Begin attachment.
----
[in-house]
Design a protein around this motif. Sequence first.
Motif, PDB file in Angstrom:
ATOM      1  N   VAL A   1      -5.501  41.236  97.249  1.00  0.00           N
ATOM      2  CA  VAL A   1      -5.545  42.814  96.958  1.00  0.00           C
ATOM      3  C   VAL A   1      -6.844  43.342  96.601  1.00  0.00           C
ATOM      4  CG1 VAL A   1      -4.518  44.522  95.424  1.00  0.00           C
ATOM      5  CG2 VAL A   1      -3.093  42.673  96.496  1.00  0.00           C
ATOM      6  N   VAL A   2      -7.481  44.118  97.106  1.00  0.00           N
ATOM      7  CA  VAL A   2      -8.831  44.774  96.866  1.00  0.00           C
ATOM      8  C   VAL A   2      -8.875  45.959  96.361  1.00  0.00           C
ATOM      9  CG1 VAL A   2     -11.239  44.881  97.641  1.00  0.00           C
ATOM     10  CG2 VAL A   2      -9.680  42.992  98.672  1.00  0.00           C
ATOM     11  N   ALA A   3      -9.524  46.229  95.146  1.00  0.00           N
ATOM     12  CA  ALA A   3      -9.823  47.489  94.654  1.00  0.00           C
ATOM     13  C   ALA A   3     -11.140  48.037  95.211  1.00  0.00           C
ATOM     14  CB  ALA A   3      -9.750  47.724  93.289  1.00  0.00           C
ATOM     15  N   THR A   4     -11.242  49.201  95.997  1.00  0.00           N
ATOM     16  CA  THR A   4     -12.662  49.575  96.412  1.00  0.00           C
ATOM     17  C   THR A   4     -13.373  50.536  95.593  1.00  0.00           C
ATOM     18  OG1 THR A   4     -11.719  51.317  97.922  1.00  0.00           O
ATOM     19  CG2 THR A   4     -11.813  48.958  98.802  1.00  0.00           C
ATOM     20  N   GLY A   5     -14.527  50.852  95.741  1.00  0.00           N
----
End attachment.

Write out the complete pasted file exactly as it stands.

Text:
[in-house]
Design a protein around this motif. Sequence first.
Motif, PDB file in Angstrom:
ATOM      1  N   VAL A   1      -5.501  41.236  97.249  1.00  0.00           N
ATOM      2  CA  VAL A   1      -5.545  42.814  96.958  1.00  0.00           C
ATOM      3  C   VAL A   1      -6.844  43.342  96.601  1.00  0.00           C
ATOM      4  CG1 VAL A   1      -4.518  44.522  95.424  1.00  0.00           C
ATOM      5  CG2 VAL A   1      -3.093  42.673  96.496  1.00  0.00           C
ATOM      6  N   VAL A   2      -7.481  44.118  97.106  1.00  0.00           N
ATOM      7  CA  VAL A   2      -8.831  44.774  96.866  1.00  0.00           C
ATOM      8  C   VAL A   2      -8.875  45.959  96.361  1.00  0.00           C
ATOM      9  CG1 VAL A   2     -11.239  44.881  97.641  1.00  0.00           C
ATOM     10  CG2 VAL A   2      -9.680  42.992  98.672  1.00  0.00           C
ATOM     11  N   ALA A   3      -9.524  46.229  95.146  1.00  0.00           N
ATOM     12  CA  ALA A   3      -9.823  47.489  94.654  1.00  0.00           C
ATOM     13  C   ALA A   3     -11.140  48.037  95.211  1.00  0.00           C
ATOM     14  CB  ALA A   3      -9.750  47.724  93.289  1.00  0.00           C
ATOM     15  N   THR A   4     -11.242  49.201  95.997  1.00  0.00           N
ATOM     16  CA  THR A   4     -12.662  49.575  96.412  1.00  0.00           C
ATOM     17  C   THR A   4     -13.373  50.536  95.593  1.00  0.00           C
ATOM     18  OG1 THR A   4     -11.719  51.317  97.922  1.00  0.00           O
ATOM     19  CG2 THR A   4     -11.813  48.958  98.802  1.00  0.00           C
ATOM     20  N   GLY A   5     -14.527  50.852  95.741  1.00  0.00           N